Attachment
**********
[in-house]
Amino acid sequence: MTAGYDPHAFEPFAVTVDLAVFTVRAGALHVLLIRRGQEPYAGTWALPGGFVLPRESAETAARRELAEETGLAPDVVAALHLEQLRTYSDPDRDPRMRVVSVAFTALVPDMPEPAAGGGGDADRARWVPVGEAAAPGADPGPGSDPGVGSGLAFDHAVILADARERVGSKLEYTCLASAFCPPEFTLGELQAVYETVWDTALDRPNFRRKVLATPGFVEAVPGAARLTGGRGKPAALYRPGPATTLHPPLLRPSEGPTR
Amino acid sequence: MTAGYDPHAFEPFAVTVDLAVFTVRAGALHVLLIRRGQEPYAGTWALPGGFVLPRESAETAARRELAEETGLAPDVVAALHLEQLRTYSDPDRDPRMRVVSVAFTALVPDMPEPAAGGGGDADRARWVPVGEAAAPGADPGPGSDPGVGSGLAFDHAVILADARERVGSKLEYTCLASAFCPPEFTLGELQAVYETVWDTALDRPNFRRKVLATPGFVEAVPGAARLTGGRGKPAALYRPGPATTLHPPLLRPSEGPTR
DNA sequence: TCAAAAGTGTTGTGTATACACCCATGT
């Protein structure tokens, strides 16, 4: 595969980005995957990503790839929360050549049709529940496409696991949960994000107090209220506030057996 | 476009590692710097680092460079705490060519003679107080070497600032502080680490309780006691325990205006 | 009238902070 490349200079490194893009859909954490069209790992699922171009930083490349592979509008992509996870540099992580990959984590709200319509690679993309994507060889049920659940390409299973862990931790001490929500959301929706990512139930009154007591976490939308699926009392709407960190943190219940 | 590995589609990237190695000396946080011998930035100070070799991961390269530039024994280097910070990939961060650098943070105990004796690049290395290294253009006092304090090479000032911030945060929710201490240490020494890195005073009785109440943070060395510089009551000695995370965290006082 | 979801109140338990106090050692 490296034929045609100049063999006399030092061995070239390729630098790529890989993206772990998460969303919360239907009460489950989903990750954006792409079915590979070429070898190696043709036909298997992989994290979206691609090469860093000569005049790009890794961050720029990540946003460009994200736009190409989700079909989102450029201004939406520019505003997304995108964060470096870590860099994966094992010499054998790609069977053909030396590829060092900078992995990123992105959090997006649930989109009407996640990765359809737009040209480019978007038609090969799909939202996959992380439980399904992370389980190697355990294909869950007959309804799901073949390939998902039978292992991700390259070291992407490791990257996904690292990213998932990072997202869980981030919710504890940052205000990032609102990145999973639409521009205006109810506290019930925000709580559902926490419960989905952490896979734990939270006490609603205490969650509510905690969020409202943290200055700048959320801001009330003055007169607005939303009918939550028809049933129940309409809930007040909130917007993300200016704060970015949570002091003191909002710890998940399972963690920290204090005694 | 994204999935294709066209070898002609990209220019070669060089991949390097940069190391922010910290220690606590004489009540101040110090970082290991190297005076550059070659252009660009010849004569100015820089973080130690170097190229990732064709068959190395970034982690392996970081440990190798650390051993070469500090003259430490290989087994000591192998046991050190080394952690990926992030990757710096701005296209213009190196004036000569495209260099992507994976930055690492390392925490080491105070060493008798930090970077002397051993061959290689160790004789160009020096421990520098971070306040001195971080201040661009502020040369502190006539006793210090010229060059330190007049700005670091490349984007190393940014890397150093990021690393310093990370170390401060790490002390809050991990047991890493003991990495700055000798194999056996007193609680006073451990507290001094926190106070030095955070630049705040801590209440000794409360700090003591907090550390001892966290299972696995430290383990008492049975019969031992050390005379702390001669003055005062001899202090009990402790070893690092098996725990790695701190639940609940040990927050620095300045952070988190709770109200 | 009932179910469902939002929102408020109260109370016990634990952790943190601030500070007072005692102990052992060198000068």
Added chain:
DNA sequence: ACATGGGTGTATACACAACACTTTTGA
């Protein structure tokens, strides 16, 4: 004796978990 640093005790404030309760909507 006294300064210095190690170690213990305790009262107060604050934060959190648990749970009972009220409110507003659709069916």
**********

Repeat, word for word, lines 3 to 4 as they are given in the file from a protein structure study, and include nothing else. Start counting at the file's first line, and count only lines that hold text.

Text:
Amino acid sequence: MTAGYDPHAFEPFAVTVDLAVFTVRAGALHVLLIRRGQEPYAGTWALPGGFVLPRESAETAARRELAEETGLAPDVVAALHLEQLRTYSDPDRDPRMRVVSVAFTALVPDMPEPAAGGGGDADRARWVPVGEAAAPGADPGPGSDPGVGSGLAFDHAVILADARERVGSKLEYTCLASAFCPPEFTLGELQAVYETVWDTALDRPNFRRKVLATPGFVEAVPGAARLTGGRGKPAALYRPGPATTLHPPLLRPSEGPTR
DNA sequence: TCAAAAGTGTTGTGTATACACCCATGT